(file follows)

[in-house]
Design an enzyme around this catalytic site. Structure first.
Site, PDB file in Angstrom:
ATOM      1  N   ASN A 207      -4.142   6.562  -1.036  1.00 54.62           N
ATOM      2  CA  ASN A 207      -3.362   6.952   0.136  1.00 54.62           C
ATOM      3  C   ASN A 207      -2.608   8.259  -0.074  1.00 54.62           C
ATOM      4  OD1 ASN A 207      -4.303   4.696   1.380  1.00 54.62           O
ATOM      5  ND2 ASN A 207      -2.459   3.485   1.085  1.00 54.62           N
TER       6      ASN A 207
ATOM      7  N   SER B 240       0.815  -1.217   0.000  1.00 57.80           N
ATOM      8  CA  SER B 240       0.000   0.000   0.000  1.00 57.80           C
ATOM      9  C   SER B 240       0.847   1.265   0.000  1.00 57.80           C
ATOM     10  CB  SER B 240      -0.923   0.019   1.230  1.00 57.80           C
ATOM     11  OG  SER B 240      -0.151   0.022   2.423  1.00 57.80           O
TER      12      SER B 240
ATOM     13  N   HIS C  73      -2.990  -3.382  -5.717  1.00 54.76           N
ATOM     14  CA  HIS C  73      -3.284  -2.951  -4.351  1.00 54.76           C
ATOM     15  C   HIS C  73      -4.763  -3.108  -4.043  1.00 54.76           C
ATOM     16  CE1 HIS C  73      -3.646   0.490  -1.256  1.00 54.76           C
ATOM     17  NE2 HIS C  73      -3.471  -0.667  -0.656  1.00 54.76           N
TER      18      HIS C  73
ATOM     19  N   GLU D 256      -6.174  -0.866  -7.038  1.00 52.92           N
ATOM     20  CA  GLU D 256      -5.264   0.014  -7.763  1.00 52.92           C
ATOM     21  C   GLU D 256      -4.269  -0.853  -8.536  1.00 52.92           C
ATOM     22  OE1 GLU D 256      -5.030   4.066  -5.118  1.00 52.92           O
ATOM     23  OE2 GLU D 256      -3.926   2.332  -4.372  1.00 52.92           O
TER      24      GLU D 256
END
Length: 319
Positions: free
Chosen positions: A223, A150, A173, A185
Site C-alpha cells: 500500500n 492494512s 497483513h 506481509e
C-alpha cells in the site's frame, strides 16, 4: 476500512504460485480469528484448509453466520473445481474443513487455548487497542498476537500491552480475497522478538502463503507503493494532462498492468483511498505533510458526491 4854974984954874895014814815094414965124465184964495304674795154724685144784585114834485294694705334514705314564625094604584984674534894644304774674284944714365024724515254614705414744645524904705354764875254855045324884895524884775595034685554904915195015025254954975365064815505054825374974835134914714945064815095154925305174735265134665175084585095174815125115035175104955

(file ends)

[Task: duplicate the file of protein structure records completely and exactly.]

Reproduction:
[in-house]
Design an enzyme around this catalytic site. Structure first.
Site, PDB file in Angstrom:
ATOM      1  N   ASN A 207      -4.142   6.562  -1.036  1.00 54.62           N
ATOM      2  CA  ASN A 207      -3.362   6.952   0.136  1.00 54.62           C
ATOM      3  C   ASN A 207      -2.608   8.259  -0.074  1.00 54.62           C
ATOM      4  OD1 ASN A 207      -4.303   4.696   1.380  1.00 54.62           O
ATOM      5  ND2 ASN A 207      -2.459   3.485   1.085  1.00 54.62           N
TER       6      ASN A 207
ATOM      7  N   SER B 240       0.815  -1.217   0.000  1.00 57.80           N
ATOM      8  CA  SER B 240       0.000   0.000   0.000  1.00 57.80           C
ATOM      9  C   SER B 240       0.847   1.265   0.000  1.00 57.80           C
ATOM     10  CB  SER B 240      -0.923   0.019   1.230  1.00 57.80           C
ATOM     11  OG  SER B 240      -0.151   0.022   2.423  1.00 57.80           O
TER      12      SER B 240
ATOM     13  N   HIS C  73      -2.990  -3.382  -5.717  1.00 54.76           N
ATOM     14  CA  HIS C  73      -3.284  -2.951  -4.351  1.00 54.76           C
ATOM     15  C   HIS C  73      -4.763  -3.108  -4.043  1.00 54.76           C
ATOM     16  CE1 HIS C  73      -3.646   0.490  -1.256  1.00 54.76           C
ATOM     17  NE2 HIS C  73      -3.471  -0.667  -0.656  1.00 54.76           N
TER      18      HIS C  73
ATOM     19  N   GLU D 256      -6.174  -0.866  -7.038  1.00 52.92           N
ATOM     20  CA  GLU D 256      -5.264   0.014  -7.763  1.00 52.92           C
ATOM     21  C   GLU D 256      -4.269  -0.853  -8.536  1.00 52.92           C
ATOM     22  OE1 GLU D 256      -5.030   4.066  -5.118  1.00 52.92           O
ATOM     23  OE2 GLU D 256      -3.926   2.332  -4.372  1.00 52.92           O
TER      24      GLU D 256
END
Length: 319
Positions: free
Chosen positions: A223, A150, A173, A185
Site C-alpha cells: 500500500n 492494512s 497483513h 506481509e
C-alpha cells in the site's frame, strides 16, 4: 476500512504460485480469528484448509453466520473445481474443513487455548487497542498476537500491552480475497522478538502463503507503493494532462498492468483511498505533510458526491 4854974984954874895014814815094414965124465184964495304674795154724685144784585114834485294694705334514705314564625094604584984674534894644304774674284944714365024724515254614705414744645524904705354764875254855045324884895524884775595034685554904915195015025254954975365064815505054825374974835134914714945064815095154925305174735265134665175084585095174815125115035175104955